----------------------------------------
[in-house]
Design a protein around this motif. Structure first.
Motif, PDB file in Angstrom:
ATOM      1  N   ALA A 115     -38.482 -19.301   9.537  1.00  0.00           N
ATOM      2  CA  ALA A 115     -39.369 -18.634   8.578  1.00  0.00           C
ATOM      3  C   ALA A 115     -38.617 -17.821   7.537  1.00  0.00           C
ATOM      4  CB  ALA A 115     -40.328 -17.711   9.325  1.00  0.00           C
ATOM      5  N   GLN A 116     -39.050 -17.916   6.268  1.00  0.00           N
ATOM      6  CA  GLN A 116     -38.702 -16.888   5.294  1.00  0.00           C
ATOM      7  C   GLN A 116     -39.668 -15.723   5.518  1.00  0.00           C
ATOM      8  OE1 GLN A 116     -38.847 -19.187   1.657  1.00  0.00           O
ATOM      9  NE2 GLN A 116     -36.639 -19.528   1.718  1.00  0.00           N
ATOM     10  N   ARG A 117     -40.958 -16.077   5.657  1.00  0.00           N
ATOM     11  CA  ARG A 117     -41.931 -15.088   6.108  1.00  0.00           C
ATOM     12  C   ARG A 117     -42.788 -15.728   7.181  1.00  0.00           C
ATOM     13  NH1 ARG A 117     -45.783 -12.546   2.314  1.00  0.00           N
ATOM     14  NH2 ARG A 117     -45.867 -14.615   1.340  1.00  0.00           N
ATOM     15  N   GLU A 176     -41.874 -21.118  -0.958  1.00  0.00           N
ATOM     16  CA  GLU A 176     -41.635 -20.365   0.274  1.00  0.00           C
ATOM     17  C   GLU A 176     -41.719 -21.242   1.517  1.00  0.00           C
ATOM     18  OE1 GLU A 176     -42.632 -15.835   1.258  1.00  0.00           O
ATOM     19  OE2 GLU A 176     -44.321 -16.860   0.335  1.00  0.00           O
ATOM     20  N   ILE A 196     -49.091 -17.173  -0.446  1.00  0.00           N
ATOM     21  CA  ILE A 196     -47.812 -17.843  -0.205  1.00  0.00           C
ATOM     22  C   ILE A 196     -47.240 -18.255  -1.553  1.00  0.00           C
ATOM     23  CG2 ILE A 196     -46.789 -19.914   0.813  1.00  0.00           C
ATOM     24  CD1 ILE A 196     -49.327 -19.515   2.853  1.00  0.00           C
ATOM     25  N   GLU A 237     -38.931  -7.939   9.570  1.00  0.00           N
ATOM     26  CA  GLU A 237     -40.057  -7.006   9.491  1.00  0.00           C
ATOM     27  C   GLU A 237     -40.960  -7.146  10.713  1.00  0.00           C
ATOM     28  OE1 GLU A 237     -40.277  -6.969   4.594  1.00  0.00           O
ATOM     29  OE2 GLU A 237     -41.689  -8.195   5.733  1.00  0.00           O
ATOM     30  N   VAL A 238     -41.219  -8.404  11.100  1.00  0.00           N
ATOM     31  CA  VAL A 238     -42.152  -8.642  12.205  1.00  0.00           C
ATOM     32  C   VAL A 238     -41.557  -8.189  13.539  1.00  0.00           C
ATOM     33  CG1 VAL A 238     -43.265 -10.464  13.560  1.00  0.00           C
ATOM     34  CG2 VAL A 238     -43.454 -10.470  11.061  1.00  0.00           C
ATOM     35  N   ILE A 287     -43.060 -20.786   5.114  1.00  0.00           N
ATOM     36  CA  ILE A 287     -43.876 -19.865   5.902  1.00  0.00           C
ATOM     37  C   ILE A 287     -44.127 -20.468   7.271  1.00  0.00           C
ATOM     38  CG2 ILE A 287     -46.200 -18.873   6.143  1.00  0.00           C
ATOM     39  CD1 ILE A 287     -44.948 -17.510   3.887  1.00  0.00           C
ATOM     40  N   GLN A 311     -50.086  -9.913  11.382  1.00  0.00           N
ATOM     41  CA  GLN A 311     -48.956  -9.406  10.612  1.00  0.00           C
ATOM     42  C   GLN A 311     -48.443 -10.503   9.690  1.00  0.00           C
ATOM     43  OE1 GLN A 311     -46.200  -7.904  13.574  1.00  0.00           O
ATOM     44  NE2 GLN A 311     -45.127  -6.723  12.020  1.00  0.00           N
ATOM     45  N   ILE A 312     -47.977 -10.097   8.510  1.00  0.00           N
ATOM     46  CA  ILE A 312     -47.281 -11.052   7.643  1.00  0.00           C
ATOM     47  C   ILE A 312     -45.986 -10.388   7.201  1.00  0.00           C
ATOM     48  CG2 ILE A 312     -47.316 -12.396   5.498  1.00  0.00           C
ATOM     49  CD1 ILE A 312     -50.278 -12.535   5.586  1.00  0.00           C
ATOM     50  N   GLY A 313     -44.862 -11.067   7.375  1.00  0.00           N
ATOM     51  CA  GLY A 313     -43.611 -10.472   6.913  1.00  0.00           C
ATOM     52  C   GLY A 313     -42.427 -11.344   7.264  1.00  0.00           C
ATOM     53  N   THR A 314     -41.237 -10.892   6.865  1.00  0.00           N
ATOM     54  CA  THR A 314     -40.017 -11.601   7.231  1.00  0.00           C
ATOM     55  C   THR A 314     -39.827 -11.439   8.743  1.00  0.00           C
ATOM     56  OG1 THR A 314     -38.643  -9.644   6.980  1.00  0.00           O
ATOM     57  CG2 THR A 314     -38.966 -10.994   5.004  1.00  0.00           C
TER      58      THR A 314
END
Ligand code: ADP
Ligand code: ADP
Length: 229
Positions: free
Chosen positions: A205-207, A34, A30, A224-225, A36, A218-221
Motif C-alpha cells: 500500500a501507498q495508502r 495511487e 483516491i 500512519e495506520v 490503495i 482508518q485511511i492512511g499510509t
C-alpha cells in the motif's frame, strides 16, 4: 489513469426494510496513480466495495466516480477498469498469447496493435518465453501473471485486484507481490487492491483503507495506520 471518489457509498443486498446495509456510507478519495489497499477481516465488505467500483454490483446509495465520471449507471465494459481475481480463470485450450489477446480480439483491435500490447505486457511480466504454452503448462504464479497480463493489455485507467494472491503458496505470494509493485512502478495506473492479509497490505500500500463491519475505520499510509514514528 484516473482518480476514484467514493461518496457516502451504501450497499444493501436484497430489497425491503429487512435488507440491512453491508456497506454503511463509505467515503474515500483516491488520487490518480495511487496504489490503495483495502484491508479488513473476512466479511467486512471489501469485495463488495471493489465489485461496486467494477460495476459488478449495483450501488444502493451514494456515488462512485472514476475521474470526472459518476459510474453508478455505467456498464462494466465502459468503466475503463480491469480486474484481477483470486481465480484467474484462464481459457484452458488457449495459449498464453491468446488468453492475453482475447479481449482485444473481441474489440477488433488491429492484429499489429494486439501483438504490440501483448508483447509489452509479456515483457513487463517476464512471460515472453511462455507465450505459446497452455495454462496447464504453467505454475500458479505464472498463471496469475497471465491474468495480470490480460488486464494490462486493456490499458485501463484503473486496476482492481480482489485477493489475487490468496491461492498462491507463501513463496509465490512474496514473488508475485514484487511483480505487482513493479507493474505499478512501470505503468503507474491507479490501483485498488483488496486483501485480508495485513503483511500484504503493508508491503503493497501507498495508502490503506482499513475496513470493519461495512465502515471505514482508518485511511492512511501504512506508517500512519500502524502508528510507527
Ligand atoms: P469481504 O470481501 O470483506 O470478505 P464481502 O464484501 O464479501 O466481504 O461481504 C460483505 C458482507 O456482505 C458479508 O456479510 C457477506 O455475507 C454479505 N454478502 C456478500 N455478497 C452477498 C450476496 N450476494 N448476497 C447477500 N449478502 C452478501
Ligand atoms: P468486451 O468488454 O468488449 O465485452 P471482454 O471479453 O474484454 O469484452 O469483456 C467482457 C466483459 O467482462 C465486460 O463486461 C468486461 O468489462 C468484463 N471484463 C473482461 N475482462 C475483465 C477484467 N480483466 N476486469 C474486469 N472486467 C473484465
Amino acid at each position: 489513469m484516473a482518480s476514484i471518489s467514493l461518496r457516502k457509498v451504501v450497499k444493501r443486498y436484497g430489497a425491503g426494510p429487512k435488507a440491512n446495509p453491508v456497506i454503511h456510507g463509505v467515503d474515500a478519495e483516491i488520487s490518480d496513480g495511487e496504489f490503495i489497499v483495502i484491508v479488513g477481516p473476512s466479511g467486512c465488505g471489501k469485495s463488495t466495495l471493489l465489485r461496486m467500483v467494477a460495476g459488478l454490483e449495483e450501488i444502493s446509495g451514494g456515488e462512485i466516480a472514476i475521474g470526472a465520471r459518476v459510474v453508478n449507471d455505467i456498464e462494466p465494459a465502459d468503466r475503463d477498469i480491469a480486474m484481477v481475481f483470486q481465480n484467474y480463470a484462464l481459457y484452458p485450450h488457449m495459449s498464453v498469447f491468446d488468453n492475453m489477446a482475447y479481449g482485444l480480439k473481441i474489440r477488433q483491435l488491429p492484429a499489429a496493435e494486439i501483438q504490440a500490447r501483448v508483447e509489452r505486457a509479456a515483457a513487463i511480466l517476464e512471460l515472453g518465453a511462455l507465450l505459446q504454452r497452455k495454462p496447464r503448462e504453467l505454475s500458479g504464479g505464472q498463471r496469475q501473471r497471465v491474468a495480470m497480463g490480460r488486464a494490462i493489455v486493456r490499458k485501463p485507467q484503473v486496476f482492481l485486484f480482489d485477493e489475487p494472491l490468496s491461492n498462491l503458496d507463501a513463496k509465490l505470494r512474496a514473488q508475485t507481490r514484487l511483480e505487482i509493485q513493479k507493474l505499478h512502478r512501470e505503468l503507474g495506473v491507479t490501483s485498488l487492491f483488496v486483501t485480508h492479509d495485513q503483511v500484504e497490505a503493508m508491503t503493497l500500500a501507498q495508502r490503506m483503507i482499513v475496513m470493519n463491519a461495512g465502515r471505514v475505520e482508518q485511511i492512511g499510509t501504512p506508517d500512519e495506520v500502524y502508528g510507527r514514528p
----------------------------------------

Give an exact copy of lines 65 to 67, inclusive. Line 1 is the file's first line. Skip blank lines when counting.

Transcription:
Length: 229
Positions: free
Chosen positions: A205-207, A34, A30, A224-225, A36, A218-221